9

Here are the drives and partitions on my computer, according to Disk Management:

Partitions on my drives

Some background: Disk 2, partition 1 (the currently active partition) was my system partition back when I ran Windows 8. When I got Windows 10 I got a new drive, Disk 1, and installed it there. You can see that Disk 1, Partition 3 is my Boot drive - that's my current C: drive, but for some reason it's not active, and the "Mark Partition as Active" command isn't available. In fact, there are no active partitions on the drive that I'm currently booted from.

Questions:

  1. How is my computer booting from a partition on a drive with no active partitions?
  2. If I remove Disk 2 from my computer (or if it fails), I will have no active partitions at all - will my computer then be unable to boot?
  3. How do I make my current boot partition (or any partition on my boot drive) active?
  • 1
    Why do you believe the partition needs to be marked as active? – Ramhound Mar 6 '17 at 16:42
11

Judging by the fact that your boot drive has an EFI System Partition, I surmise that the disk is GPT and your computer boots with the UEFI specification (instead of MBR with BIOS). That boot method needs no concept of an active partition. If you tried to make a GPT disk's partition active using DiskPart, you would get this message:

The selected disk is not a fixed MBR disk.
The ACTIVE command can only be used on fixed MBR disks.

Apparently, Disk 2 - which you used with Windows 8 - is an MBR disk. Your previous system booted using the active partition, but assuming your current bootloader is on the EFI partition on Disk 1 (you can check this with bcdedit /enum /v), the absence of Disk 2 won't affect your system's ability to boot.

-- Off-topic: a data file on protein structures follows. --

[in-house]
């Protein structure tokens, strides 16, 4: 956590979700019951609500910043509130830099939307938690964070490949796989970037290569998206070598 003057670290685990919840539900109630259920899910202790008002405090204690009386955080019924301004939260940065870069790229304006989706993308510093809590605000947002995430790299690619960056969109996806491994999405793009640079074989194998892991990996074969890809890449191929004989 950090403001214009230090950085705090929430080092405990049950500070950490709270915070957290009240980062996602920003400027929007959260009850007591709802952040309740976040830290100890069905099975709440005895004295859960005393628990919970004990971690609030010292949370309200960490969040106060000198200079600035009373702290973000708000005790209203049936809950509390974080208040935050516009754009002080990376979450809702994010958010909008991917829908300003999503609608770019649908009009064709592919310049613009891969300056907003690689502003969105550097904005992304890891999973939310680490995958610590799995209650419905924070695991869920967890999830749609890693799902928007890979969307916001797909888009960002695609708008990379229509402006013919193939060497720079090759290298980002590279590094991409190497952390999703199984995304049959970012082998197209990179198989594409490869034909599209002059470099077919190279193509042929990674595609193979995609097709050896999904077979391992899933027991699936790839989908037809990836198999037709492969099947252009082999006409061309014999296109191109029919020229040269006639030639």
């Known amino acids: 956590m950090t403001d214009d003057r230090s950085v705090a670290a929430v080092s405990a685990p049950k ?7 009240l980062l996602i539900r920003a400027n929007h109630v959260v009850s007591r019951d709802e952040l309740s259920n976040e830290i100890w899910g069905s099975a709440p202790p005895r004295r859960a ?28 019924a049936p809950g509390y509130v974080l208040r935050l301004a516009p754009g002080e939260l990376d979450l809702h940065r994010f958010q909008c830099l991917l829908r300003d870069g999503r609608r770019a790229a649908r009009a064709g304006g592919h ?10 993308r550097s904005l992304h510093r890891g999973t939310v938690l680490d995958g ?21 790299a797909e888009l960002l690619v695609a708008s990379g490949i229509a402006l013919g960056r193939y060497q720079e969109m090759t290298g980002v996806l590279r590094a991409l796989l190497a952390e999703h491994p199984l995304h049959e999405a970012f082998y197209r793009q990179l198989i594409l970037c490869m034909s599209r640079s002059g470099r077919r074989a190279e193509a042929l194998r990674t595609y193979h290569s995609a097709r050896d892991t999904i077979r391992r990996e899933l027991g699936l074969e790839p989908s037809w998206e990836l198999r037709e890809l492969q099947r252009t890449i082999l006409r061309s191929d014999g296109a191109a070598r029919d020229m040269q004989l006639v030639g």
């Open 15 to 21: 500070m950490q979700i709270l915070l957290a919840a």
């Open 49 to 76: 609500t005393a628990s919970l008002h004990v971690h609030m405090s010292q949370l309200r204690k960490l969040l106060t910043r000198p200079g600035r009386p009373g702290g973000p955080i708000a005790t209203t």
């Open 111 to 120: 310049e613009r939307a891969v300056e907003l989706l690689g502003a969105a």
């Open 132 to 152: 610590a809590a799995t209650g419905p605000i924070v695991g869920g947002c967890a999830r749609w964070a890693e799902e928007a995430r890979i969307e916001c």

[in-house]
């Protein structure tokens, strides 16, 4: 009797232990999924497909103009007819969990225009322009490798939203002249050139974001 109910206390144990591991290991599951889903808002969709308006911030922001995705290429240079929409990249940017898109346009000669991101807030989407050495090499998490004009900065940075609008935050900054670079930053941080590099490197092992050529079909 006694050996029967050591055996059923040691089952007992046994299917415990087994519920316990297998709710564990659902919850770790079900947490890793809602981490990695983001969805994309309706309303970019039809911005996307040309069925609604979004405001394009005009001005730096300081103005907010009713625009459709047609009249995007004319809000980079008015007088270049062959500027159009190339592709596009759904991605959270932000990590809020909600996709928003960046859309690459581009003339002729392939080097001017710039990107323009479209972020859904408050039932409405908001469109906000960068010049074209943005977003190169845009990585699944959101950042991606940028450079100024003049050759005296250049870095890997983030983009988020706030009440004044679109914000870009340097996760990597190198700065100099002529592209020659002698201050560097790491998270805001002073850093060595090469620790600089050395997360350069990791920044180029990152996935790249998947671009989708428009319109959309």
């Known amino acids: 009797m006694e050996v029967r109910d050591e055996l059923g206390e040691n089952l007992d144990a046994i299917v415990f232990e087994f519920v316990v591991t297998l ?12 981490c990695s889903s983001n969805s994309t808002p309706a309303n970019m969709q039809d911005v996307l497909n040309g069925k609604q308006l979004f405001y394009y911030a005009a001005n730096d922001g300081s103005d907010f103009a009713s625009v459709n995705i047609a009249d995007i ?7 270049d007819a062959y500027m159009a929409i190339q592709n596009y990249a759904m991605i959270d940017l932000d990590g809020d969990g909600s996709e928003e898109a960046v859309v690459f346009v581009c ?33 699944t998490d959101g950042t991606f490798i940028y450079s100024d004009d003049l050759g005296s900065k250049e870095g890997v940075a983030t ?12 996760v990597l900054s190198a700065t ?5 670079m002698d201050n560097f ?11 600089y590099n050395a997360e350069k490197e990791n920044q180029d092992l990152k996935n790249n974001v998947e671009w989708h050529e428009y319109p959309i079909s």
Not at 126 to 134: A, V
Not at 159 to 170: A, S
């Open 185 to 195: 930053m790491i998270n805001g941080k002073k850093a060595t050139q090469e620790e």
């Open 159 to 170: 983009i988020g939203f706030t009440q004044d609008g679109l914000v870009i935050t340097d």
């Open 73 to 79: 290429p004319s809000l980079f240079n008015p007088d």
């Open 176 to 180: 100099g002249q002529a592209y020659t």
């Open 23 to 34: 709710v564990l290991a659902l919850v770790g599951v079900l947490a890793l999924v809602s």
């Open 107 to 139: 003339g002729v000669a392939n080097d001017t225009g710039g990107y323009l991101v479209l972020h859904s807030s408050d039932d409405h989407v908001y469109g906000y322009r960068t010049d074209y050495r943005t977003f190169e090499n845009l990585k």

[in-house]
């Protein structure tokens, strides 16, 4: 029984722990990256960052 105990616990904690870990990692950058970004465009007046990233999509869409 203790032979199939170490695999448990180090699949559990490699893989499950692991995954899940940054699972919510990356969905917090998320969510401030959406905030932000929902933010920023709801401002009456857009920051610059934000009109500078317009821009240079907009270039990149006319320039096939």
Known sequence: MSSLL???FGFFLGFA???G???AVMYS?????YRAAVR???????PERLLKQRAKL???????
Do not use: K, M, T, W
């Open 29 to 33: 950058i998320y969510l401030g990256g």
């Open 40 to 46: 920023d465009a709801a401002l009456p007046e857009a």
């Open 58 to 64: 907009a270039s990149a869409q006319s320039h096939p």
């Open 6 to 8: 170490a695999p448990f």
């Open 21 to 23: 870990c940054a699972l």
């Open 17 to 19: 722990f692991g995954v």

• and how to make another WIN partition bootable? when we get that "fixed mbr" error. – T.Todua Nov 22 '18 at 6:52
  • @T.Todua If your system uses GPT/UEFI to boot, you need to create a BCD entry for the other Windows installation. bootrec /ScanOs in a recovery environment might be able to do that for you. – Ben N Nov 22 '18 at 17:41
0

As mentioned, this comes from GPT. You won't be able to set active partitions there, and when you try to activate the partition with diskpart, you will receive this:

The selected disk is not a fixed MBR disk.
The ACTIVE command can only be used on fixed MBR disks.

I am answering, because this was the top Google search result for this error message, and the accepted answer does not explain how to convert a volume to MBR.

You can convert your media to MBR using diskpart. This can be also helpful for USB boot media for older OS, if GPT does not work:

Attention: I assume the device is empty

diskpart
list disk
select disk #
convert mbr

(Note that you probably have to remove the partitions first.)

After this you should be able to create a primary partition and use the active command.

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